Date of Submission

Spring 2022

Academic Program


Project Advisor 1

An-My Le

Abstract/Artist's Statement

Outside the Sixth Street Garden, someone scrawls graffiti across a sign, and another person comes by to clean it up. The weather exposes it to corrosion; we witness this quiet, secret molding of evolution. Quietness gets transformed into excitement, and new imaginings emerge. I’m looking to agitate the bond between the real or physical, and its attached reflections.

I want to understand better what happens in the else-ness of my relations-- the ways I recognize you or them when we aren’t in contact. I might see you sleep, not awake, and what does it mean to look at you in that way? I want to know if I’ll recognize something new in the inner worlds and orbits of window smears, the valleys of my dads’ eyelids, and the hidden faces of my friends’ elbow creases. I want to know so I can feel wrong about how I understand and explain the world to myself. I want to know so I don’t feel so convinced that I know them; newness breaks and exposes me. In the vehicle and veins of the imagination, we see branches becoming wrists, knuckle hairs into personal histories, and signs into portals. I’m searching for vignettes of disoriented landscapes where realities become etchings, and in turn, my photographs speak to imagined memories more than lived ones.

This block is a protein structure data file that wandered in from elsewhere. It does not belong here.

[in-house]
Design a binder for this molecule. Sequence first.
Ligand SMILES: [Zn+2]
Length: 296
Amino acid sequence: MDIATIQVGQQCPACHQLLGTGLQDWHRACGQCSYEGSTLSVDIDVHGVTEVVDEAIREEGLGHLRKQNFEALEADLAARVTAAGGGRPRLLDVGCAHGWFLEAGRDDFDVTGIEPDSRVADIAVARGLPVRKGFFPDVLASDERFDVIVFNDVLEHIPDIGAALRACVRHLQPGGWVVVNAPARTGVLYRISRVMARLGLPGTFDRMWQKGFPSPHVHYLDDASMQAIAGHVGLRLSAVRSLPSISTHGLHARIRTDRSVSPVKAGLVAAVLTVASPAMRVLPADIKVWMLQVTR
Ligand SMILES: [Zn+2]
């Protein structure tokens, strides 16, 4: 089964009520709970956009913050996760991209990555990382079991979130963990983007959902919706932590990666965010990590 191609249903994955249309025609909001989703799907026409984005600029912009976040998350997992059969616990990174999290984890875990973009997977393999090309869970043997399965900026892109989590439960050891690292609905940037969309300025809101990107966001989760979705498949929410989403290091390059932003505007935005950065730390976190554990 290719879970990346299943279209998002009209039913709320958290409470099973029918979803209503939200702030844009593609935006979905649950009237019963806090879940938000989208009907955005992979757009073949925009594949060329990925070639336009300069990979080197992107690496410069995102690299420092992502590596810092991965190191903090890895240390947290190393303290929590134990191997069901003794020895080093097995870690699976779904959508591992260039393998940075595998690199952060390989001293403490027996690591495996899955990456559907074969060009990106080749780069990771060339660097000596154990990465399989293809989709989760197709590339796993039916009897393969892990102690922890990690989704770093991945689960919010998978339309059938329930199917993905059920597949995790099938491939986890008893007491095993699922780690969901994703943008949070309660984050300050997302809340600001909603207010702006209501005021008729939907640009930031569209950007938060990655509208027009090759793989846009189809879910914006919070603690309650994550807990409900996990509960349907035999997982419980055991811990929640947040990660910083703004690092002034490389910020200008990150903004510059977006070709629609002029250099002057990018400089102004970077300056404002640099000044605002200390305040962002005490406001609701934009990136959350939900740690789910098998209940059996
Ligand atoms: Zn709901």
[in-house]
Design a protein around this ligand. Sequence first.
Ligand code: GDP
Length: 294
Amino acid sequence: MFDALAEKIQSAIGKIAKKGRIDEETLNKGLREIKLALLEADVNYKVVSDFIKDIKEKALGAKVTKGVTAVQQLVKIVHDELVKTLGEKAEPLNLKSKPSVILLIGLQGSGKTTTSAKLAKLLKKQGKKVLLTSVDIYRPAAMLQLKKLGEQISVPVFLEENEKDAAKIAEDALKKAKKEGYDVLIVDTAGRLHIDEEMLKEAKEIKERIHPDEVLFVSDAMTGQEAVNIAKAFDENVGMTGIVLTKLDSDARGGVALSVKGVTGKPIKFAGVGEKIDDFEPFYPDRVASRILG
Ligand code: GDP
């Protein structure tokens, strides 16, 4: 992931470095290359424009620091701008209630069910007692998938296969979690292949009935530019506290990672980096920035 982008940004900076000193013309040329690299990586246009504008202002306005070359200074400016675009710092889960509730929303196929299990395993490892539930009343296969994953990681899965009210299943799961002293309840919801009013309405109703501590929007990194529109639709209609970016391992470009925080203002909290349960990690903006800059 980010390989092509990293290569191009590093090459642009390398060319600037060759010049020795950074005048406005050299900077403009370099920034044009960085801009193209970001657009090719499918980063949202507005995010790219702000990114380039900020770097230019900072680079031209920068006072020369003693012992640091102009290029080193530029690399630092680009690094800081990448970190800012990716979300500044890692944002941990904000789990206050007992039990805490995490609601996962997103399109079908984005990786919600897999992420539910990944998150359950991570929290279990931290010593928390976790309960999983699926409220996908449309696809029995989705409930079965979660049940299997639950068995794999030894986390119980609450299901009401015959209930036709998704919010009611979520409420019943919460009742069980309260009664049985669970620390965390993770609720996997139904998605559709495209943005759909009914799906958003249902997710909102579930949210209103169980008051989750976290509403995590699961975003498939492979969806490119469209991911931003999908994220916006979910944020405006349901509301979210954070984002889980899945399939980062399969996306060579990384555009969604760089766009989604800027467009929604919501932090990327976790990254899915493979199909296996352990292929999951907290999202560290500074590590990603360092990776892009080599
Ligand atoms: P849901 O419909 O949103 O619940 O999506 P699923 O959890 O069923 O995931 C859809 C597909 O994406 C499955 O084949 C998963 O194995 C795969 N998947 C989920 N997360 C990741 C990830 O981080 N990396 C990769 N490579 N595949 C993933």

With eyes shut and backs turned, secrecy is only left to appreciate, to make sense of. When you throw away clarity, what is left of perception? One’s kept thoughts can only be best understood by the scribbles and writing of t-shirt creases, and slithering of hair curls. Language becomes sculptured; it transcends into significant markers of bond and relation-- how I remember.

Leaves become secrets, become vortexes. In the cracks of tree branches, and the carefulness of their dancing, we find unsolved language, emotions to invent, and memories to imagine. Running and dancing trees look like aching and slouched copies of me; nothing seems completely still. Silence transforms into spectacle, information into history. We read the curving of trees like quotations and brush strokes. There’s writing in them, on them. The trees themselves are writing. The trash cans on the street corner are writing in each scratch, dent, stain, bump they accumulate, grow and build. What is it saying? What are they saying? What words are they trying to speak? What new reality, new life are they attempting to bring to the surface? What is it they’re trying to tell me? Can it not speak? Worry, worry, fear, fear. I hope I understand.

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On-Campus only

Creative Commons License

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